Israel's real estate sector, often the subject of close scrutiny, is likely to reflect several major trends in the coming decade.
How green is your building?
Environmentally friendly construction and building management is moving from slogans to reality. The trend to conserve water and energy and to protect natural resources in construction has been growing in most of the Western world, but is only just starting out in Israel. This does not prevent many Israeli developers and contractors from crowing about so-called "green" projects in order to jump on the global environmentalism bandwagon.
To date, only a few residential projects have obtained the Israel Standards Institution's Green Label certification - Israel Standard 5281 - which is not very progressive anyway. An Israeli environmentally friendly construction pioneer is Shari Arison-controlled Shikun u'Binui Holdings Ltd. (TASE: SKBN), which in 2009 declared that its projects in Karkur and Netanya were recognized as green. The buildings will exploit natural light and shade, minimize energy use, and have water-conserving plants.
It should be noted that environmentally friendly construction raises construction costs by 5-10%. Nonetheless, in the face of global warming and the need to conserve energy, environmentally friendly construction will, over the coming decade, undoubtedly switch from being part of a sexy and voluntary trend to becoming mandatory.
Apartment buyers will have to grasp that environmentally friendly buildings will not only save the earth for their children, but will here and now reduce their water and electricity bills through reduced use of power for air conditioning and heating, and reduced use of water for lawns. These factors will soon become an important variable for homebuyers.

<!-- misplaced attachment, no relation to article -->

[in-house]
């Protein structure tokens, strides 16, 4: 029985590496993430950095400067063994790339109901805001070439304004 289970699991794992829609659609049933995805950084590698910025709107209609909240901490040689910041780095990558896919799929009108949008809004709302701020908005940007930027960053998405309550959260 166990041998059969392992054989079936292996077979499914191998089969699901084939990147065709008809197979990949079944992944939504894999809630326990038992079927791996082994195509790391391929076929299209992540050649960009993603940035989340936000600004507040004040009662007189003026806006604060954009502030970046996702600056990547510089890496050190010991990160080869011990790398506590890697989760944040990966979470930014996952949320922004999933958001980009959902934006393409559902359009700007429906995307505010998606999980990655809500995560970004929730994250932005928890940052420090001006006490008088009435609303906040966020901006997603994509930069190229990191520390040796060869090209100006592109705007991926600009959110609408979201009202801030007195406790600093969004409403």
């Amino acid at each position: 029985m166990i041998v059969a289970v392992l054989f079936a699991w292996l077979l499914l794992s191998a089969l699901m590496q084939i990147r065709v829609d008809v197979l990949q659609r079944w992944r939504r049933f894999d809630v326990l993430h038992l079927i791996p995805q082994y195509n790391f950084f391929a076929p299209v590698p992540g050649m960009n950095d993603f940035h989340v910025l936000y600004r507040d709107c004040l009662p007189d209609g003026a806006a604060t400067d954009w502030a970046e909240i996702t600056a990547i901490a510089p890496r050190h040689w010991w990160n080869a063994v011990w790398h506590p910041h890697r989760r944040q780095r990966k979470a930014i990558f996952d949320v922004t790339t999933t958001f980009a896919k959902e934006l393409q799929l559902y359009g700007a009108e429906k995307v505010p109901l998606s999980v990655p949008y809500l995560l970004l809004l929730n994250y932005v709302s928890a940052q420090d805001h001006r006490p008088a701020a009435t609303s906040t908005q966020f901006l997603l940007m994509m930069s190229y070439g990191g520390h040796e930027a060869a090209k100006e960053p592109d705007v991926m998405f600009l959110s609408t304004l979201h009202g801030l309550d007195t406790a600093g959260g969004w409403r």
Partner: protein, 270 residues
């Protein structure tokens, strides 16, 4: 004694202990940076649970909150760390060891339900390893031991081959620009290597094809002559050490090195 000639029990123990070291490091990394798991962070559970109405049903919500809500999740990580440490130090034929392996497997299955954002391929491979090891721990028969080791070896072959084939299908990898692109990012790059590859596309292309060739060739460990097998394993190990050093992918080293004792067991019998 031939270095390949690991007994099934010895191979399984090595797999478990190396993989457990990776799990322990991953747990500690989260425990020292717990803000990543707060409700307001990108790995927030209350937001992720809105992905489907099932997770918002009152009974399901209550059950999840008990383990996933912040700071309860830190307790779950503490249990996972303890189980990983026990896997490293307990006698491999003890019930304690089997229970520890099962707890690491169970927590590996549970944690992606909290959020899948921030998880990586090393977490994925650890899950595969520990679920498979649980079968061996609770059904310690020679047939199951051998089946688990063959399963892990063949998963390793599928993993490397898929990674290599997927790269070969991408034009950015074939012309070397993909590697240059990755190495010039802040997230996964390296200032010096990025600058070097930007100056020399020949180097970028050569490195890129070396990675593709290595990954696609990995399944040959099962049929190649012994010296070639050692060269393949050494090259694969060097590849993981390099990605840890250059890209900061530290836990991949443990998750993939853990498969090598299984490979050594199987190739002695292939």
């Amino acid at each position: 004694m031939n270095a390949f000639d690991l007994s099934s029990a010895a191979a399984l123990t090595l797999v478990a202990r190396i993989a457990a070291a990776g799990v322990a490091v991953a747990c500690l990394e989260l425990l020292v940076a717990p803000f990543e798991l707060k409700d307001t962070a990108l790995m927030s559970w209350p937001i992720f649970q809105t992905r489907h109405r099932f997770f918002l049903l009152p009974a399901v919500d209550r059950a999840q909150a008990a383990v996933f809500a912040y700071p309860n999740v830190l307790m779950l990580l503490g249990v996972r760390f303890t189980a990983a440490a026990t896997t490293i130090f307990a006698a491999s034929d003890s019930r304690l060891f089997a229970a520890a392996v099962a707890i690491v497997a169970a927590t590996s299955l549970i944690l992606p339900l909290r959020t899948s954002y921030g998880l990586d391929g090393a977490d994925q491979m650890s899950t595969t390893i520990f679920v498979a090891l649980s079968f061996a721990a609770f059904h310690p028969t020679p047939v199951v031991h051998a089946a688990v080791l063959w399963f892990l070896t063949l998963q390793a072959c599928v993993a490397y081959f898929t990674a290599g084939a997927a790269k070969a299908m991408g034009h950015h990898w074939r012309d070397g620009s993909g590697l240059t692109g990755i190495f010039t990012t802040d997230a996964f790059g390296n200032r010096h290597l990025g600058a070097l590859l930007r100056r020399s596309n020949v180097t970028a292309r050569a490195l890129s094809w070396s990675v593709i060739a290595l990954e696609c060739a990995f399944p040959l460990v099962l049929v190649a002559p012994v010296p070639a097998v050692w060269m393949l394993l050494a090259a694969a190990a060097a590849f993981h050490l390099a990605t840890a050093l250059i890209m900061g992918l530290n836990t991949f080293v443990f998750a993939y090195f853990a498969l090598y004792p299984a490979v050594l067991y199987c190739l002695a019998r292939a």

Tel Aviv's new Central Business District
Tel Aviv's future Central Business District of 50-storey skyscrapers is moving from the stages of blueprints at the various planning and building commissions to an actual master plan that has already being implemented and auxiliary plans that have been approved.
The Azrieli Towers have long graced the Tel Aviv skyline, and a slew of new skyscrapers will be built nearby over the coming decade. The North Central Business District, located westward from the Ayalon Highway and Menachem Begin Road, is intended to become the city's newest office district. It will include 500,000 square meters of the South Kirya lots and the 320,000 square meters on the old wholesale market site.
The Central Business District will include projects by Egged Israel Transport Cooperative Society Ltd., Tnuva Food Industries Ltd., the Gazit-Paz Building, and the Achtman Building. The North Central Business District building plan was approved for deposit by the Tel Aviv Regional Planning and Building Commission in August 2009.
Tel Aviv-Jaffa Deputy Mayor and Tel Aviv Regional Planning and Building Commission chairman Doron Sapir said, "The North Central Business District will have three million square meters. It will bring many employment services to the area, and will greatly strengthen all of south Tel Aviv.
"We will allow up to 25% residential use in most of the skyscrapers, so that the area won't be dead at night, as is the case at the Ramat Gan Diamond Exchange, which is an example of a bustling place during the day and a problem at night.
"In addition to offices, the mix will include cafes and restaurants, and even cinemas. A lot of cinemas were shuttered in Tel Aviv in the past decade, and the resulting monopoly of Cinema City is a mistake in my opinion."
Over the past decade, high apartment prices in Tel Aviv have sent young couples to the city's second-ring suburbs, such as Petah Tikva, Kiryat Ono, Rishon LeZion, and Kfar Saba, and beyond to the third ring, in towns like Netanya, Ness Ziona, and Rehovot.